That group made damning findings about structures, communications, record-keeping and how poor the necessary cooperation was between all the relevant agencies of the state. The report did lead to very significant changes in child care law, ultimately, although the issues of structure have taken years to get right (and they’re not there yet).
But it was two paragraphs of the report that in a way started the process that ended on Sunday, when the people decided to put children at the heart of the constitution.
“We feel that the very high emphasis on the rights of the family in the constitution may consciously or unconsciously be interpreted as giving a higher value to the rights of parents than to the rights of children,” it said.
“We believe the constitution should contain a specific and overt declaration of the rights of born children. We therefore recommend that consideration be given by the Government to the amendment of Articles 41 and 42 of the constitution so as to include a statement of the constitutional rights of children.”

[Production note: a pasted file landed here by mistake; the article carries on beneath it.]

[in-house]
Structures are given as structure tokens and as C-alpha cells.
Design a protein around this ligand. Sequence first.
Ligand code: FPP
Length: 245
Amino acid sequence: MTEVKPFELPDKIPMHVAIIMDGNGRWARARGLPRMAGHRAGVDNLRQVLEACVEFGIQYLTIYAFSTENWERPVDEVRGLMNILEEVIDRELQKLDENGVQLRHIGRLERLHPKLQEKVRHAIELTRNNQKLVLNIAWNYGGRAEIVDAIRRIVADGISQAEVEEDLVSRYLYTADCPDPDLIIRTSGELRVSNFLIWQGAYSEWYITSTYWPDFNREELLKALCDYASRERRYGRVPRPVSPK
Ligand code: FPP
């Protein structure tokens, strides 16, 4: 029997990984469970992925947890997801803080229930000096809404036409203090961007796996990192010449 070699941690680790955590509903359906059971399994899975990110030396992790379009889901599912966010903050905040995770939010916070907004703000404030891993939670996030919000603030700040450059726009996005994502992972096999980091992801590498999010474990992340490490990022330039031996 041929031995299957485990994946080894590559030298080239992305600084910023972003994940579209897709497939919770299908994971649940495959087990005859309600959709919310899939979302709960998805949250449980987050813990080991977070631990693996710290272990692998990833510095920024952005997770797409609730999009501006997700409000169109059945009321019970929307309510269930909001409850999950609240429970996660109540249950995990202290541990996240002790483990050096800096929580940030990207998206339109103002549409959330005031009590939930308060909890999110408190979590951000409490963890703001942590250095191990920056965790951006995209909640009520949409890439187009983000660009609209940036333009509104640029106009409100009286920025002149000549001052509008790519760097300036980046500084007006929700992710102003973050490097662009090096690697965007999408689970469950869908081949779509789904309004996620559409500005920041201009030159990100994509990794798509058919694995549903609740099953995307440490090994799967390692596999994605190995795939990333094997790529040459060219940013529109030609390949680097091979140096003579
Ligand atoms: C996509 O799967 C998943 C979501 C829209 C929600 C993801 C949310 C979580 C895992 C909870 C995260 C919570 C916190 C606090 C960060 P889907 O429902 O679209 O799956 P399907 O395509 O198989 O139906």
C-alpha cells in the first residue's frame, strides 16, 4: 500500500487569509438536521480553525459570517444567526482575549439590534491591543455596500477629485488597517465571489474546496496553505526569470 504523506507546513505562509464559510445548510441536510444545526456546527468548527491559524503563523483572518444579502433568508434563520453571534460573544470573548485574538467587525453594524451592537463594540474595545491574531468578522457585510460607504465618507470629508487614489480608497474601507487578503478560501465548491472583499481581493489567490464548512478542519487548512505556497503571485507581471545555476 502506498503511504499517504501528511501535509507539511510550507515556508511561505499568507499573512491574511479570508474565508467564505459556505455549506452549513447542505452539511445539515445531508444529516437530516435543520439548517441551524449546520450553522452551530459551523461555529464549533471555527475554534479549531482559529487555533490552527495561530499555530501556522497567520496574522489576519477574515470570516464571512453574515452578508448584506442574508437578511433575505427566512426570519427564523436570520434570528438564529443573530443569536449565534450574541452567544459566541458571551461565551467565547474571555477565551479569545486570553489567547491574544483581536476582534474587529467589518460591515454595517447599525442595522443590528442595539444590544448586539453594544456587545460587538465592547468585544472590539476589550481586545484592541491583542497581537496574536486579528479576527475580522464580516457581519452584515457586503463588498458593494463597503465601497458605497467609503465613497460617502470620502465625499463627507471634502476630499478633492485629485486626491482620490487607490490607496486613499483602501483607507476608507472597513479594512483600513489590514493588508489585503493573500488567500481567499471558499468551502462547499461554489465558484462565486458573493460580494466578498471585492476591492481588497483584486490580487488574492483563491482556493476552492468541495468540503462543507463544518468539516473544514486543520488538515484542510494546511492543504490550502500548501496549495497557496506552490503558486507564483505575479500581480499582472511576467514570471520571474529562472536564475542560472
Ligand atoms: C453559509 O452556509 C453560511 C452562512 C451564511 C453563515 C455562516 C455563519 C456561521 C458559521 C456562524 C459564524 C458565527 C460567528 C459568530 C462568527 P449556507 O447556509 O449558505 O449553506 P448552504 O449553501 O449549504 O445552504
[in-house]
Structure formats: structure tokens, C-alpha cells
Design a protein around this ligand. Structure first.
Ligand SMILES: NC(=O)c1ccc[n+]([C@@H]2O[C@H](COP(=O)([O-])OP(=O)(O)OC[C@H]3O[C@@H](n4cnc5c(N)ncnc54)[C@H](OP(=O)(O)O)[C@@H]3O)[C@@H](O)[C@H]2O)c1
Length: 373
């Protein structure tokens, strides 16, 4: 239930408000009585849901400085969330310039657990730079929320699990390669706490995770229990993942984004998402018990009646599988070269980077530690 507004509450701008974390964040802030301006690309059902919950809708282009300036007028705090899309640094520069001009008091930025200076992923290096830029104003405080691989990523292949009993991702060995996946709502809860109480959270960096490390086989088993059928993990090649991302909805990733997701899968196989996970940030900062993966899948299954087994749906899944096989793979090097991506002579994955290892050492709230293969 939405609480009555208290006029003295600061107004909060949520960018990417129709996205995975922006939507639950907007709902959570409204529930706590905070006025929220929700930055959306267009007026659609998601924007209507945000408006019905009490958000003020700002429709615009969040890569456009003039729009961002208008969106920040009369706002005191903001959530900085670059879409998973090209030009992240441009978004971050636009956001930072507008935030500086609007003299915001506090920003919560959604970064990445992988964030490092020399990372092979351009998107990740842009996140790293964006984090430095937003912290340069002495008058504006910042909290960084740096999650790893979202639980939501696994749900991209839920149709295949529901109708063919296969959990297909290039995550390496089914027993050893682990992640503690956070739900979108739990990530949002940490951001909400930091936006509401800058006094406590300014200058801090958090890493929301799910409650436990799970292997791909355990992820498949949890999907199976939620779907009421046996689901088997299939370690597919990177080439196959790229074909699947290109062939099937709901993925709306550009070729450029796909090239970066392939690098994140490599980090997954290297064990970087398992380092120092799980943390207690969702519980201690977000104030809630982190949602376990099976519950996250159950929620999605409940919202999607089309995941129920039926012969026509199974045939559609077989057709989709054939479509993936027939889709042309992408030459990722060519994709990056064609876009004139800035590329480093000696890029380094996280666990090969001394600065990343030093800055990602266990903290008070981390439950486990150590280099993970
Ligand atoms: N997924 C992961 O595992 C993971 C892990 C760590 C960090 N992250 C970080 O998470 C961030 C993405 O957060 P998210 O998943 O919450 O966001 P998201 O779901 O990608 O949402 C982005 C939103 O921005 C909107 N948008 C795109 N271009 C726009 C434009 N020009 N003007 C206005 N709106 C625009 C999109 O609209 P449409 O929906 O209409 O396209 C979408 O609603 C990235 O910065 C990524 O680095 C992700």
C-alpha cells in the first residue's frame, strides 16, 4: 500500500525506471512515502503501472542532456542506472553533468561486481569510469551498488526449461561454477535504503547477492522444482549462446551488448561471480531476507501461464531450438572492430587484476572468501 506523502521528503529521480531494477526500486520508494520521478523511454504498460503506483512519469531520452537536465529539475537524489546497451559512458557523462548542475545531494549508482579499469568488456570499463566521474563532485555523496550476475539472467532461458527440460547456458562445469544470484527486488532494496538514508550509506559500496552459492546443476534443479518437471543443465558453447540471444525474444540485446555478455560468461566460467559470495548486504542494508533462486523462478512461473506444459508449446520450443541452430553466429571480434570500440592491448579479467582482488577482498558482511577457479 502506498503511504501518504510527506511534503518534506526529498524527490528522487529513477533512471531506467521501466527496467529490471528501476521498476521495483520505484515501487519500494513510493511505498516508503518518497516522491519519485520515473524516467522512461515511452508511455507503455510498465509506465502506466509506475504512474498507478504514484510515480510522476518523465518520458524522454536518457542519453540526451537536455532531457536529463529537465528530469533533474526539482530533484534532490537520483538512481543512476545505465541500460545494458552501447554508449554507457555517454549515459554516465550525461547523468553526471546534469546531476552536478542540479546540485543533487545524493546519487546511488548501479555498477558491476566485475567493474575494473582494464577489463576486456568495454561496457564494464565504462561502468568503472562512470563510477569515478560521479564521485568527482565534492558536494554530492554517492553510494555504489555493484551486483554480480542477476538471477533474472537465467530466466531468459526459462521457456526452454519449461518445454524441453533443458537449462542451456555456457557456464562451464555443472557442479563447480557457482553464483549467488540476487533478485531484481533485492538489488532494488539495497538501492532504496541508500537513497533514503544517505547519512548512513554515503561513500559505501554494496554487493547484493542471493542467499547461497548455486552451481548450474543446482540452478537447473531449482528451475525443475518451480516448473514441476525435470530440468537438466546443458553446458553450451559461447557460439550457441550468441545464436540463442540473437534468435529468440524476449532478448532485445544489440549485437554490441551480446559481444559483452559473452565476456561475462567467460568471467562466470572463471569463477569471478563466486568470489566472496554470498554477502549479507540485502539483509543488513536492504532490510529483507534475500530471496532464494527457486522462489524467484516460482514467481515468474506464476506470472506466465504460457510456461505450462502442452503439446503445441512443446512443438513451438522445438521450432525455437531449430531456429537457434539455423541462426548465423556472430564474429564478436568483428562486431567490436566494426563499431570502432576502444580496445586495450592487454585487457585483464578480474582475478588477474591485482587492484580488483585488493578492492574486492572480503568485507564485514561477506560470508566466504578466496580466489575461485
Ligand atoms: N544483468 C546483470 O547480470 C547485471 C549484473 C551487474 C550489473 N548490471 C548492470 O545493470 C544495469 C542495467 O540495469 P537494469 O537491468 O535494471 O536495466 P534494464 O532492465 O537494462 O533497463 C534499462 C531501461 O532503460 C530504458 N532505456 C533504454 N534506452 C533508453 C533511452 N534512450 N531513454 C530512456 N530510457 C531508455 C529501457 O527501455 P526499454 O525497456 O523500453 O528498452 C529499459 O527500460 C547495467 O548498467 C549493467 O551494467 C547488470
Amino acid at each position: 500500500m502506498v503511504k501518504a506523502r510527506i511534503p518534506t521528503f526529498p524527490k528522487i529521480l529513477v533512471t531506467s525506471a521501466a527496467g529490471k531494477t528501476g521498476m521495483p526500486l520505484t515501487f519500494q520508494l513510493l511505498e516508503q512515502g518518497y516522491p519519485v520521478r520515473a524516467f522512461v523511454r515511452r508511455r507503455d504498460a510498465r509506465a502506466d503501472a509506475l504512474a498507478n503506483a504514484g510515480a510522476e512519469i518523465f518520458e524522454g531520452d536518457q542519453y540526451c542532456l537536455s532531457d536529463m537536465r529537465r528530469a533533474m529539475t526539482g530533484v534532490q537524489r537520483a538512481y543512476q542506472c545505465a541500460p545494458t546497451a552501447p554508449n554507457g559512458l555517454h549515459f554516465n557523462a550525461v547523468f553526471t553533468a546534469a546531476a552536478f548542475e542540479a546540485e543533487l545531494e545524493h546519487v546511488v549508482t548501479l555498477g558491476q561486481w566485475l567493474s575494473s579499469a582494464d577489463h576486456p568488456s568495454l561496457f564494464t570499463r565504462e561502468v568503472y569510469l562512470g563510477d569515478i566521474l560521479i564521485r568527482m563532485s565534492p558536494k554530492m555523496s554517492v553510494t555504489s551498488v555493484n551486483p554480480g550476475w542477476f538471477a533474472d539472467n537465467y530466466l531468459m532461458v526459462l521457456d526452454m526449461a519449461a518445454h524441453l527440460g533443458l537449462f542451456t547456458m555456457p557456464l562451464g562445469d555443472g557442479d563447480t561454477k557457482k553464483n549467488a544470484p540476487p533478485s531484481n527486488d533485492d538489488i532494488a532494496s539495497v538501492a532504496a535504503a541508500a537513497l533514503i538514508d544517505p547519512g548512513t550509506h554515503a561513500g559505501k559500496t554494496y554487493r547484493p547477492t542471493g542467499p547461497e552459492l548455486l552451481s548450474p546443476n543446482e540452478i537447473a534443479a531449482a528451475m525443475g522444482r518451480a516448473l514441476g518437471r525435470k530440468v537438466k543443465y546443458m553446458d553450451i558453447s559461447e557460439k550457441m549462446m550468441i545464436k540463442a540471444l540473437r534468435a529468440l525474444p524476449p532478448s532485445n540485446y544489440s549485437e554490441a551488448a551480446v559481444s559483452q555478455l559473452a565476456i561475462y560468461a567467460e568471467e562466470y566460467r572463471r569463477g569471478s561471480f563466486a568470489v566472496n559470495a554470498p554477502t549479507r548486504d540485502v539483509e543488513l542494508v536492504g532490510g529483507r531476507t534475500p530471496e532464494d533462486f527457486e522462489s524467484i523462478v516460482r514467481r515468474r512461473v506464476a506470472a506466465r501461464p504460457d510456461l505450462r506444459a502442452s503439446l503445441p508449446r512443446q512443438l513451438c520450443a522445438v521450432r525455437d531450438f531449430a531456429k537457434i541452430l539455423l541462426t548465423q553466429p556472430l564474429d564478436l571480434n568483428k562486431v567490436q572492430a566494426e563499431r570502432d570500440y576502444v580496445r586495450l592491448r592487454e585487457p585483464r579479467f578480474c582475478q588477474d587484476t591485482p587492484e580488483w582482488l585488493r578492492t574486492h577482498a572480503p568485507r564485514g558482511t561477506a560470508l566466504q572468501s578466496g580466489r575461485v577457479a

Twenty years later the wheel has turned full circle. And Catherine McGuinness, as chair of Yes for Children, led the civic society campaign to secure the change she advocated all that time ago. That’s what I call putting advocacy into practice.
It wasn’t always easy. We always knew that fear would enter into the campaign, because it always does in an Irish referendum campaign. In fact, fear usually wins — though not on this occasion.
I confess that although I was prepared for a degree of scare-mongering, I was taken aback by some of the viciousness we encountered in this campaign. There was a lot of untruth, and a lot of messages designed only to frighten people. Some of it came from people who should know better, but who seem determined to go to any lengths to score whatever point they want to make.
There’s no doubt whatever in my mind that it was fear that drove up the no vote in the end, together with the confusion engendered by the last-minute Supreme Court ruling. Both also contributed to the decision by so many people to stay away from the polls.